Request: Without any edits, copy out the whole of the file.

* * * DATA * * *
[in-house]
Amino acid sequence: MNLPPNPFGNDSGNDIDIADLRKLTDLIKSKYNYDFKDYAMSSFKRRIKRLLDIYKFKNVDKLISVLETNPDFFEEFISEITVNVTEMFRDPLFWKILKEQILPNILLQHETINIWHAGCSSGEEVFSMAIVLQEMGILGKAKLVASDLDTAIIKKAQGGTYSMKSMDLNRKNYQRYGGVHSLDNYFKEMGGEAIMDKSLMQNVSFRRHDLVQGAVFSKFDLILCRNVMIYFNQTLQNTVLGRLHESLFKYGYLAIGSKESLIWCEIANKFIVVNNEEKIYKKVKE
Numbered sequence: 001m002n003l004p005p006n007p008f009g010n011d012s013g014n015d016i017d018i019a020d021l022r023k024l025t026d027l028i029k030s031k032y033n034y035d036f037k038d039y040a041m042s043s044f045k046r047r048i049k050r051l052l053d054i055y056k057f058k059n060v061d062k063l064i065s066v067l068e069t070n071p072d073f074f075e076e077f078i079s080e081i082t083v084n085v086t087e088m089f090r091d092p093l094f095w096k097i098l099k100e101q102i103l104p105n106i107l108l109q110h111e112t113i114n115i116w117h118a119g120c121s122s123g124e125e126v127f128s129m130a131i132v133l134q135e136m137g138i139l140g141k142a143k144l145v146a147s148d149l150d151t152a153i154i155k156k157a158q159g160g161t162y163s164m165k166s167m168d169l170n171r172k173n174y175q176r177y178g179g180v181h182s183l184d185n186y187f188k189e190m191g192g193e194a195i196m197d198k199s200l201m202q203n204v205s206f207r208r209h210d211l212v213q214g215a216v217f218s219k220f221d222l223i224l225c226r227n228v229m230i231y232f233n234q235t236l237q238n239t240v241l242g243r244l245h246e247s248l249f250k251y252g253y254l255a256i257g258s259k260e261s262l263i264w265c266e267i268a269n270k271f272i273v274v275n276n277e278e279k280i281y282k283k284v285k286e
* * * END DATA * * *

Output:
[in-house]
Amino acid sequence: MNLPPNPFGNDSGNDIDIADLRKLTDLIKSKYNYDFKDYAMSSFKRRIKRLLDIYKFKNVDKLISVLETNPDFFEEFISEITVNVTEMFRDPLFWKILKEQILPNILLQHETINIWHAGCSSGEEVFSMAIVLQEMGILGKAKLVASDLDTAIIKKAQGGTYSMKSMDLNRKNYQRYGGVHSLDNYFKEMGGEAIMDKSLMQNVSFRRHDLVQGAVFSKFDLILCRNVMIYFNQTLQNTVLGRLHESLFKYGYLAIGSKESLIWCEIANKFIVVNNEEKIYKKVKE
Numbered sequence: 001m002n003l004p005p006n007p008f009g010n011d012s013g014n015d016i017d018i019a020d021l022r023k024l025t026d027l028i029k030s031k032y033n034y035d036f037k038d039y040a041m042s043s044f045k046r047r048i049k050r051l052l053d054i055y056k057f058k059n060v061d062k063l064i065s066v067l068e069t070n071p072d073f074f075e076e077f078i079s080e081i082t083v084n085v086t087e088m089f090r091d092p093l094f095w096k097i098l099k100e101q102i103l104p105n106i107l108l109q110h111e112t113i114n115i116w117h118a119g120c121s122s123g124e125e126v127f128s129m130a131i132v133l134q135e136m137g138i139l140g141k142a143k144l145v146a147s148d149l150d151t152a153i154i155k156k157a158q159g160g161t162y163s164m165k166s167m168d169l170n171r172k173n174y175q176r177y178g179g180v181h182s183l184d185n186y187f188k189e190m191g192g193e194a195i196m197d198k199s200l201m202q203n204v205s206f207r208r209h210d211l212v213q214g215a216v217f218s219k220f221d222l223i224l225c226r227n228v229m230i231y232f233n234q235t236l237q238n239t240v241l242g243r244l245h246e247s248l249f250k251y252g253y254l255a256i257g258s259k260e261s262l263i264w265c266e267i268a269n270k271f272i273v274v275n276n277e278e279k280i281y282k283k284v285k286e